I'll be honest - I have always been deeply sceptical about the viability of coalition government in the UK. I also don't think any coalition can claim to have been voted for by the people. People may say "52.0% voted for a 'progressive' coalition" or "59.1% voted for a libertarian coalition" or all manner of combinations, but the fact is that none of these coalitions were actually offered to the voters. It is false to conscript votes to one option or another.
That said I am also deeply worried about the news from the financial markets. It's a scary time and the country desperately needs a stable government that can take decisions. If getting that involves compromise then so be it. Governments have to compromise all the time with interests both at home and abroad.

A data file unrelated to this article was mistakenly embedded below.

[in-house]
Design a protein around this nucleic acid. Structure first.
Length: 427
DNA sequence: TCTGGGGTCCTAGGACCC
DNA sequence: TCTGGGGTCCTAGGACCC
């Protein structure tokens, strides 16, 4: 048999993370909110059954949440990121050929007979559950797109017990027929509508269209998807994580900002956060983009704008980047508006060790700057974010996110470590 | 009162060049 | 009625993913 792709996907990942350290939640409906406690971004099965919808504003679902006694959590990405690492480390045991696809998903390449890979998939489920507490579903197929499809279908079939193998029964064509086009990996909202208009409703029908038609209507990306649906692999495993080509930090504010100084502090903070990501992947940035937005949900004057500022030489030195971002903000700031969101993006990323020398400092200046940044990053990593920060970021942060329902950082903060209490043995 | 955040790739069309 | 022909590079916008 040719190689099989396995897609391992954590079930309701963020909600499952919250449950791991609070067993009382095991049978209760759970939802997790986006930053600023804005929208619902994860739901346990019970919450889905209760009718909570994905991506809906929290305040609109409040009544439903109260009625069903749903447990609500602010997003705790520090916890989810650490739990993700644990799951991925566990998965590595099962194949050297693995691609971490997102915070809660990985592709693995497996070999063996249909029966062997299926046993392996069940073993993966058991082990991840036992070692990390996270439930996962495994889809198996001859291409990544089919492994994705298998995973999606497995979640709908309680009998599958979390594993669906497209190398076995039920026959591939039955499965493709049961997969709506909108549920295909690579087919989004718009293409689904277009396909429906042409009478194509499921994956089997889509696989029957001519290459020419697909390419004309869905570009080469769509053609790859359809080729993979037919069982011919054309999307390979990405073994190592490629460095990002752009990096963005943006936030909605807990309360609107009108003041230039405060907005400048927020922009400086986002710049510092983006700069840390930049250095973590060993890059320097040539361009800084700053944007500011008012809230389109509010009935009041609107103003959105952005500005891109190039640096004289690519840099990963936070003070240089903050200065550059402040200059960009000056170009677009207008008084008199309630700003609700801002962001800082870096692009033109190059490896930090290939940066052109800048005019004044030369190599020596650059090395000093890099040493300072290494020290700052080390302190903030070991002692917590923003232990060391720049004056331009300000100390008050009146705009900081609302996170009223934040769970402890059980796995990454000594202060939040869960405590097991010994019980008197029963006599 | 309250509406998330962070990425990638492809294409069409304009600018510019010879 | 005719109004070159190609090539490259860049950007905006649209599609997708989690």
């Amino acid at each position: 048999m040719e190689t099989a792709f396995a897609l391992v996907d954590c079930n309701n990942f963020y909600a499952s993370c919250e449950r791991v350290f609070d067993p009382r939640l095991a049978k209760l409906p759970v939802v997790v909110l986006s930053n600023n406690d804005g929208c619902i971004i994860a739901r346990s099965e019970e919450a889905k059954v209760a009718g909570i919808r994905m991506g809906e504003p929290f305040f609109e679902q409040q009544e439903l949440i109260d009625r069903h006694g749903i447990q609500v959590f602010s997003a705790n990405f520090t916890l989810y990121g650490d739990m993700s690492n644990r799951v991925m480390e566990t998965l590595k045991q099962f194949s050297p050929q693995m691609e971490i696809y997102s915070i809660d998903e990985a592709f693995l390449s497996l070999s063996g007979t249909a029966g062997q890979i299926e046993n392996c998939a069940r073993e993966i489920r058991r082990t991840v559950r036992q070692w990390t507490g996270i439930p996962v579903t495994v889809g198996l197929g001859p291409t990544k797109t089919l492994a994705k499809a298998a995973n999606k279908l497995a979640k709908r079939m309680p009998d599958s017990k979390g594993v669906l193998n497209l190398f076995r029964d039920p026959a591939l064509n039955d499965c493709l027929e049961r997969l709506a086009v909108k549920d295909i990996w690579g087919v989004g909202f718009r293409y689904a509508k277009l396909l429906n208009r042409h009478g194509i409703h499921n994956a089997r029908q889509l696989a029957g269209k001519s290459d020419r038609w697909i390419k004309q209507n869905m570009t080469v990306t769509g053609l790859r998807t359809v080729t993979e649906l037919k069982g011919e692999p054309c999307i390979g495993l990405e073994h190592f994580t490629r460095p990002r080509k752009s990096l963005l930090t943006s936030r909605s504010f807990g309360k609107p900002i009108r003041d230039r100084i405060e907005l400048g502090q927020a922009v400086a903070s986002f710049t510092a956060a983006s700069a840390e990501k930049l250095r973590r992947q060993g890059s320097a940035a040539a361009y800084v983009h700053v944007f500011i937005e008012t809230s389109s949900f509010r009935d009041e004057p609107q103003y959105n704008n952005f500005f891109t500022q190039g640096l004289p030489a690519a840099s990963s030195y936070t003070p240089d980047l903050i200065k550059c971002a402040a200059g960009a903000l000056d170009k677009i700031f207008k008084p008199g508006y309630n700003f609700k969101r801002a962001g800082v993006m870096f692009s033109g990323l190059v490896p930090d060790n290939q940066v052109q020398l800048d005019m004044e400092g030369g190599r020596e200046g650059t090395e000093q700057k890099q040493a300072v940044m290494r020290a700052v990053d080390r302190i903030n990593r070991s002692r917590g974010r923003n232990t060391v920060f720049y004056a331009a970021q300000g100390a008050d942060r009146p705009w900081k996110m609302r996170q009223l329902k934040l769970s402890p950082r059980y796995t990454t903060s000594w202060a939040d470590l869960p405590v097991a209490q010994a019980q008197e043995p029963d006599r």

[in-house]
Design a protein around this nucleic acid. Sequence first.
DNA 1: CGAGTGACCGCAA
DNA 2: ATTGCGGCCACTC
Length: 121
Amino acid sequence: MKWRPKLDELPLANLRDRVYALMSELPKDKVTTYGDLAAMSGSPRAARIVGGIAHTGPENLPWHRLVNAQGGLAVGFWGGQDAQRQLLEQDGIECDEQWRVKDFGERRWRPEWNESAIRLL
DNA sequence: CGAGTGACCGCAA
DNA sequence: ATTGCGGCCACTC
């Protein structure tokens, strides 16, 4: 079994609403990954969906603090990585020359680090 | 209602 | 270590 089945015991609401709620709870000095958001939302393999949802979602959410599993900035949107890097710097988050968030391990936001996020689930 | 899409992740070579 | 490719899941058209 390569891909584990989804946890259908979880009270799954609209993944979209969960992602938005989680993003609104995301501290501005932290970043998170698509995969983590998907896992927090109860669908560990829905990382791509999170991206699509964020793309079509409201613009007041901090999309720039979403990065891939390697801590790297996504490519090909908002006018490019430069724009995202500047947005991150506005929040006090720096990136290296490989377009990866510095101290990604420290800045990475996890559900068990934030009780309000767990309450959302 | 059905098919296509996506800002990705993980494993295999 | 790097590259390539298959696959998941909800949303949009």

I don't think the country's voting system should be simply changed for the sake of this. But that isn't actually what the Liberal Democrats want. They want a referendum on changing the voting system. But the outcome of such a referendum isn't a foregone conclusion. It could instead endorse the current system - British Columbia recently had two referendums on changing the provincial legislature's voting system from First Past The Post to Single Transferable Vote. The first had a majority but failed at the threshold, the second saw much greater information campaigns and rejected it outright. Don't take the opinion polls as indicative either way.
But right now the most important thing is the economy. All parties have to make the current situation work. And if we are to have a voting system that makes hung parliaments more regular outcomes then lets see the advocates of that voting system make those outcomes work.
If I hear that a Conservative-Liberal Democrat coalition has been agreed, it won't be the end of the world. At the moment it's the best option available.